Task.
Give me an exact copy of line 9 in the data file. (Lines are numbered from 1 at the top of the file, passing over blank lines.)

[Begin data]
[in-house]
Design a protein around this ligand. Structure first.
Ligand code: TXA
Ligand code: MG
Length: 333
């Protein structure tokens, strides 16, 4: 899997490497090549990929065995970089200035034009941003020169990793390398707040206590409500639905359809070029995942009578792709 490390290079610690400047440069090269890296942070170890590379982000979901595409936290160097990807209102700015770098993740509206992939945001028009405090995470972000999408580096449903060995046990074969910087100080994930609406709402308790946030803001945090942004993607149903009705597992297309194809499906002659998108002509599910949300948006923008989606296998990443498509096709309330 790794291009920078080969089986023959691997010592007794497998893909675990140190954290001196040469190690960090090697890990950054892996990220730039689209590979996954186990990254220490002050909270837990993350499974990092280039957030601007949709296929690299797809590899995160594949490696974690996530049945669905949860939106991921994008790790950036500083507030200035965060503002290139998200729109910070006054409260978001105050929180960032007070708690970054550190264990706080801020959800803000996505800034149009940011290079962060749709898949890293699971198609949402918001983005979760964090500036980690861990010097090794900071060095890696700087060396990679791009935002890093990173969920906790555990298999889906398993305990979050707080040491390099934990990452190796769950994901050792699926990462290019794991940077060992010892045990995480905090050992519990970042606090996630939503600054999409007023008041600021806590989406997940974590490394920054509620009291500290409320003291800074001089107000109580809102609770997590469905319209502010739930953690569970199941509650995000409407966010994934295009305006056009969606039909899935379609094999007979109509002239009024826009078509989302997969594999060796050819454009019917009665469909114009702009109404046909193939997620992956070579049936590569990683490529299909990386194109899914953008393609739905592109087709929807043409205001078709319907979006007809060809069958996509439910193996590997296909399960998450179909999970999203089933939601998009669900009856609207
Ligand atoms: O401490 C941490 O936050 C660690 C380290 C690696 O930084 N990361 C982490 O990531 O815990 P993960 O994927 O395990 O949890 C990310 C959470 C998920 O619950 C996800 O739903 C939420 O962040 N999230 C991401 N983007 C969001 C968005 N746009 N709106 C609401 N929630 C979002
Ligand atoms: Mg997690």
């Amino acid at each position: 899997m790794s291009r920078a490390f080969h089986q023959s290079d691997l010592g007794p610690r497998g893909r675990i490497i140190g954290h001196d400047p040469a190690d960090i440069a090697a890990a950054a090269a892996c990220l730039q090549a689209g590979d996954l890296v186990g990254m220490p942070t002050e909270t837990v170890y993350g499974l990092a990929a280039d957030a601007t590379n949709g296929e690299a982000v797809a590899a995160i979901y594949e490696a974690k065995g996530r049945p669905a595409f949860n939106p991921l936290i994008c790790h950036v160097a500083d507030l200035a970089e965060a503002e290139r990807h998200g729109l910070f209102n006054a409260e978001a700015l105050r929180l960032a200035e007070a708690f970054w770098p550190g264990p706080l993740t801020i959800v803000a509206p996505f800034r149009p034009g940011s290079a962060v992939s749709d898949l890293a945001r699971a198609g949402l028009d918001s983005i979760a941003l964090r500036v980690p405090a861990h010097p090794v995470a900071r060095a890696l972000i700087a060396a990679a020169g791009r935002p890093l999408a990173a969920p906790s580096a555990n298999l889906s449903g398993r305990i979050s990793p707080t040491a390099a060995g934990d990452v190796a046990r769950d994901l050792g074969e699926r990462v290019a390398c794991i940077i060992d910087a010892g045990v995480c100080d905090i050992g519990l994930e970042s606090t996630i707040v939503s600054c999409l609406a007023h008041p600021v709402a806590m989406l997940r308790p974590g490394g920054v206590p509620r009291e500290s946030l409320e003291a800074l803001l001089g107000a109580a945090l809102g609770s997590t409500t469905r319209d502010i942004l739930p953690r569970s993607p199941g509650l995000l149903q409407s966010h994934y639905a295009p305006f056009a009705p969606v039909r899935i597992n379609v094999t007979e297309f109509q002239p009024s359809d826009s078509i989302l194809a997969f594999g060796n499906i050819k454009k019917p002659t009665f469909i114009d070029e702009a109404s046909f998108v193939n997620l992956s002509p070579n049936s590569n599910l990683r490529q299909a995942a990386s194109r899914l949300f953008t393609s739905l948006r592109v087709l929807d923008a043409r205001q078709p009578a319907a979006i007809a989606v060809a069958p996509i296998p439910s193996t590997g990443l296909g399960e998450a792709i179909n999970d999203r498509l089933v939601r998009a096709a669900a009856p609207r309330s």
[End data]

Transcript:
């Amino acid at each position: 899997m790794s291009r920078a490390f080969h089986q023959s290079d691997l010592g007794p610690r497998g893909r675990i490497i140190g954290h001196d400047p040469a190690d960090i440069a090697a890990a950054a090269a892996c990220l730039q090549a689209g590979d996954l890296v186990g990254m220490p942070t002050e909270t837990v170890y993350g499974l990092a990929a280039d957030a601007t590379n949709g296929e690299a982000v797809a590899a995160i979901y594949e490696a974690k065995g996530r049945p669905a595409f949860n939106p991921l936290i994008c790790h950036v160097a500083d507030l200035a970089e965060a503002e290139r990807h998200g729109l910070f209102n006054a409260e978001a700015l105050r929180l960032a200035e007070a708690f970054w770098p550190g264990p706080l993740t801020i959800v803000a509206p996505f800034r149009p034009g940011s290079a962060v992939s749709d898949l890293a945001r699971a198609g949402l028009d918001s983005i979760a941003l964090r500036v980690p405090a861990h010097p090794v995470a900071r060095a890696l972000i700087a060396a990679a020169g791009r935002p890093l999408a990173a969920p906790s580096a555990n298999l889906s449903g398993r305990i979050s990793p707080t040491a390099a060995g934990d990452v190796a046990r769950d994901l050792g074969e699926r990462v290019a390398c794991i940077i060992d910087a010892g045990v995480c100080d905090i050992g519990l994930e970042s606090t996630i707040v939503s600054c999409l609406a007023h008041p600021v709402a806590m989406l997940r308790p974590g490394g920054v206590p509620r009291e500290s946030l409320e003291a800074l803001l001089g107000a109580a945090l809102g609770s997590t409500t469905r319209d502010i942004l739930p953690r569970s993607p199941g509650l995000l149903q409407s966010h994934y639905a295009p305006f056009a009705p969606v039909r899935i597992n379609v094999t007979e297309f109509q002239p009024s359809d826009s078509i989302l194809a997969f594999g060796n499906i050819k454009k019917p002659t009665f469909i114009d070029e702009a109404s046909f998108v193939n997620l992956s002509p070579n049936s590569n599910l990683r490529q299909a995942a990386s194109r899914l949300f953008t393609s739905l948006r592109v087709l929807d923008a043409r205001q078709p009578a319907a979006i007809a989606v060809a069958p996509i296998p439910s193996t590997g990443l296909g399960e998450a792709i179909n999970d999203r498509l089933v939601r998009a096709a669900a009856p609207r309330s």